All we hear about are "coal states" and "coal senators", and how they prevent any real, positive change (e.g., CO2 limits), just because it might hurt coal, and move some people out of those horrible jobs into more desirable ones. Why aren't there any "nuclear" states, or Senators? If anyone can explain it, I'm all ears.

Jim Hopf

Popular posts from this blog

Missing the Point about Pennsylvania’s Nuclear Plants

A group that includes oil and gas companies in Pennsylvania released a study on Monday that argues that twenty years ago, planners underestimated the value of nuclear plants in the electricity market. According to the group, that means the state should now let the plants close.

Huh?

The question confronting the state now isn’t what the companies that owned the reactors at the time of de-regulation got or didn’t get. It’s not a question of whether they were profitable in the '80s, '90s and '00s. It’s about now. Business works by looking at the present and making projections about the future.

Is losing the nuclear plants what’s best for the state going forward?

Pennsylvania needs clean air. It needs jobs. And it needs protection against over-reliance on a single fuel source.


What the reactors need is recognition of all the value they provide. The electricity market is depressed, and if electricity is treated as a simple commodity, with no regard for its benefit to clean air o…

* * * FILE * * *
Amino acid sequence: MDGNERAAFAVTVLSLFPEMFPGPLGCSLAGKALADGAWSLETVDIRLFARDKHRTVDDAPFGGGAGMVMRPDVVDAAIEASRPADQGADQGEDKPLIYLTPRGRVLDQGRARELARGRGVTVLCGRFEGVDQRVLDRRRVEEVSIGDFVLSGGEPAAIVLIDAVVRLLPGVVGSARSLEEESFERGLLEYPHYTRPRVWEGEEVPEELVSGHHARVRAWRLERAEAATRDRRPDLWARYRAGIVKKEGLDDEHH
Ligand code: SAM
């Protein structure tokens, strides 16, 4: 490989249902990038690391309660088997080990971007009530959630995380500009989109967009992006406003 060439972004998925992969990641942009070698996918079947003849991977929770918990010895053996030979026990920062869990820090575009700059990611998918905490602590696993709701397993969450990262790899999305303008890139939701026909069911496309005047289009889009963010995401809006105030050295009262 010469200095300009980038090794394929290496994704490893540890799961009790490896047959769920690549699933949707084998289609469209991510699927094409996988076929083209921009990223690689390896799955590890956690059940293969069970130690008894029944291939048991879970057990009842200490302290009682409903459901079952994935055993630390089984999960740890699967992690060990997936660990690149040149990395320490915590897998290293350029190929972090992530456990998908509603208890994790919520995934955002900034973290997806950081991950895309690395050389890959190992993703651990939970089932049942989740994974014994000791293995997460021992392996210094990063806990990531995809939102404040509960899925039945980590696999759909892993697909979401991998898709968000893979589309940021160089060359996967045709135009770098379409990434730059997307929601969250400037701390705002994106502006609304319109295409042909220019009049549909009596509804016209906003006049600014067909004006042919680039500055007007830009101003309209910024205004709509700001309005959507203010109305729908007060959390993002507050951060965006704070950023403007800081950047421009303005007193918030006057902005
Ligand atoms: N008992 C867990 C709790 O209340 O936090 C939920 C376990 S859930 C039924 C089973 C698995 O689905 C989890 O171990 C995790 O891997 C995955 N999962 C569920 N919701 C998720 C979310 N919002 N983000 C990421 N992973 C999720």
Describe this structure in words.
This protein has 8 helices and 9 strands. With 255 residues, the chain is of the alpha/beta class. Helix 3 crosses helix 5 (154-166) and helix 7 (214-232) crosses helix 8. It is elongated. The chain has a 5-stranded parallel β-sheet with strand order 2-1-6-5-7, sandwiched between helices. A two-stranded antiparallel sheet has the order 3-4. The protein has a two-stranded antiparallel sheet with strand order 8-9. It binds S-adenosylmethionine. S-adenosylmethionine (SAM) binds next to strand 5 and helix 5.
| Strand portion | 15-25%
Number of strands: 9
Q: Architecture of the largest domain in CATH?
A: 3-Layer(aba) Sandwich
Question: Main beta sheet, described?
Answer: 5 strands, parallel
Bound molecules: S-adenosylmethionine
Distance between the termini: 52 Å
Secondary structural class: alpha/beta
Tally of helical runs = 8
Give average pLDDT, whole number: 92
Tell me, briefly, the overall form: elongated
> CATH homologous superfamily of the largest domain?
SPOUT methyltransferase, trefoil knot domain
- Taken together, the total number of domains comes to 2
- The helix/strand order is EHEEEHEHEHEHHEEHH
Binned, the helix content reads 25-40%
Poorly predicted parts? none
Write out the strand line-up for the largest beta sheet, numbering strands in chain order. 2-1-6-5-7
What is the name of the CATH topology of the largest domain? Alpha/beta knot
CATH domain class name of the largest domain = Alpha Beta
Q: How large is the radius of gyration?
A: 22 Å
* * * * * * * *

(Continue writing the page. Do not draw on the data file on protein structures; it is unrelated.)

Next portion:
How Nanomaterials Can Make Nuclear Reactors Safer and More Efficient

The following is a guest post from Matt Wald, senior communications advisor at NEI. Follow Matt on Twitter at @MattLWald.

From the batteries in our cell phones to the clothes on our backs, "nanomaterials" that are designed molecule by molecule are working their way into our economy and our lives. Now there’s some promising work on new materials for nuclear reactors.

Reactors are a tough environment. The sub atomic particles that sustain the chain reaction, neutrons, are great for splitting additional uranium atoms, but not all of them hit a uranium atom; some of them end up in various metal components of the reactor. The metal is usually a crystalline structure, meaning it is as orderly as a ladder or a sheet of graph paper, but the neutrons rearrange the atoms, leaving some infinitesimal voids in the structure and some areas of extra density. The components literally grow, getting longer and thicker. The phenomenon is well understood and designers compensate for it with a …

A Billion Miles Under Nuclear Energy (Updated)

And the winner is…Cassini-Huygens, in triple overtime.

The spaceship conceived in 1982 and launched fifteen years later, will crash into Saturn on September 15, after a mission of 19 years and 355 days, powered by the audacity and technical prowess of scientists and engineers from 17 different countries, and 72 pounds of plutonium.

The mission was so successful that it was extended three times; it was intended to last only until 2008.

Since April, the ship has been continuing to orbit Saturn, swinging through the 1,500-mile gap between the planet and its rings, an area not previously explored. This is a good maneuver for a spaceship nearing the end of its mission, since colliding with a rock could end things early.

Cassini will dive a little deeper and plunge toward Saturn’s surface, where it will transmit data until it burns up in the planet’s atmosphere. The radio signal will arrive here early Friday morning, Eastern time. A NASA video explains.

In the years since Cassini has launc…